According to a study by the University of Iowa College of Public Health and the Institute for Agriculture and Trade Policy, the prevalence of methicillin-resistant Staphylococcus aureus bacteria (MRSA) in retail pork products in the U.S. is higher than researchers originally thought. The study represents the largest sampling of raw meat products for MRSA contamination to date, and is published online in the journal PLoS ONE.

It is estimated that MRSA – which can occur in raw meat products and in the environment – is responsible for approximately 185,000 cases of food poisoning each year. The bacteria does not respond to several antibiotics and can cause severe infections of the bloodstream, heart, lungs, skin and other organs.

After collecting 395 raw pork samples from 36 stores in New Jersey, Iowa and Minnesota, the researchers found that approximately 7% (26 of the 395) carried MRSA.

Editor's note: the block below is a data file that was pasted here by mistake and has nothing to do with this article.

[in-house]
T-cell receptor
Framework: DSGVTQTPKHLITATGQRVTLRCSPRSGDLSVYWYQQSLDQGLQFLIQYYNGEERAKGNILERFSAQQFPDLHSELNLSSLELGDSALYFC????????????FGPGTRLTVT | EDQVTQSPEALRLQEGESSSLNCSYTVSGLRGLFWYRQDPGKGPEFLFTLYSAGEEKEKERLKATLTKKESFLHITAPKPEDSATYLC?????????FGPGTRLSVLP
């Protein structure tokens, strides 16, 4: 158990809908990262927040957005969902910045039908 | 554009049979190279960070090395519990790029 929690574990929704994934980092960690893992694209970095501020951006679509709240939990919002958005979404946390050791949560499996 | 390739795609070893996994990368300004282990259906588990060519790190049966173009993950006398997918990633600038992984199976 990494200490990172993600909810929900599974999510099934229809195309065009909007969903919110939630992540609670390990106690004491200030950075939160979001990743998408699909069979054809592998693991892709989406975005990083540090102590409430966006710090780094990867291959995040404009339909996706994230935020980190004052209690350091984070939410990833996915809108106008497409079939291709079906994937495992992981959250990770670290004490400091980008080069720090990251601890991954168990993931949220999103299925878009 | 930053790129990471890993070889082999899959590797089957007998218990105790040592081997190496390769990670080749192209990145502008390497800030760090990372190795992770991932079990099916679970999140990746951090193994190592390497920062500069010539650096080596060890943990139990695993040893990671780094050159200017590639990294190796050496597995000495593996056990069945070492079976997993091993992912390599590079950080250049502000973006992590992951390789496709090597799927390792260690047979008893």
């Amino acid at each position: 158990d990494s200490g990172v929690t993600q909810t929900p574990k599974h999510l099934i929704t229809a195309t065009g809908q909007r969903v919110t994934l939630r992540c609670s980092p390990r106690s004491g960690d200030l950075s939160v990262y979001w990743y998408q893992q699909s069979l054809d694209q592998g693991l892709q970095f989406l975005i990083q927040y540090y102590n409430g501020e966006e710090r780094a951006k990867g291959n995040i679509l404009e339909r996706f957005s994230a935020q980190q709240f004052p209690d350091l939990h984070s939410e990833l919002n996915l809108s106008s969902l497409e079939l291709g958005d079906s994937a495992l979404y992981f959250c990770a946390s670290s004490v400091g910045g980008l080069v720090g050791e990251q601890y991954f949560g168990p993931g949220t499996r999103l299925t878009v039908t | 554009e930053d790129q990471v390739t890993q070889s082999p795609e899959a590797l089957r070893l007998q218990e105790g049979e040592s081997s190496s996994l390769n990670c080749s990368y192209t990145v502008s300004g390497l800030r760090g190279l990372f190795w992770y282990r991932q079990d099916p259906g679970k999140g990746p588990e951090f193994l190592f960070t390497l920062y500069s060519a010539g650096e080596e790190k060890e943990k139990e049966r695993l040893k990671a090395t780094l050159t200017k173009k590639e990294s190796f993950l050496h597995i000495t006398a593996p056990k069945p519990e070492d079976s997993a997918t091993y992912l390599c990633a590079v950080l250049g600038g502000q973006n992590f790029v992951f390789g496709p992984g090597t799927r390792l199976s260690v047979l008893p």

Tara Smith, Ph.D., lead author of the study, interim director of the UI Center for Emerging and Infectious Diseases and assistant professor of epidemiology, explained:

“This study shows that the meat we buy in our grocery stores has a higher prevalence of staph than we originally thought. With this knowledge, we can start to recommend safer ways to handle raw meat products to make it safer for the consumer.”

Furthermore, no considerable difference in MRSA contamination was found between pigs raised without antibiotics or antibiotic growth promotants and conventional pork products.

Smith said:

“We were surprised to see no significant difference in antibiotic-free and conventionally produced pork. Though it’s possible that this finding has more to do with the handling of the raw meat at the plant than the way the animals were raised, it’s certainly worth exploring further.”

Written By Grace Rattue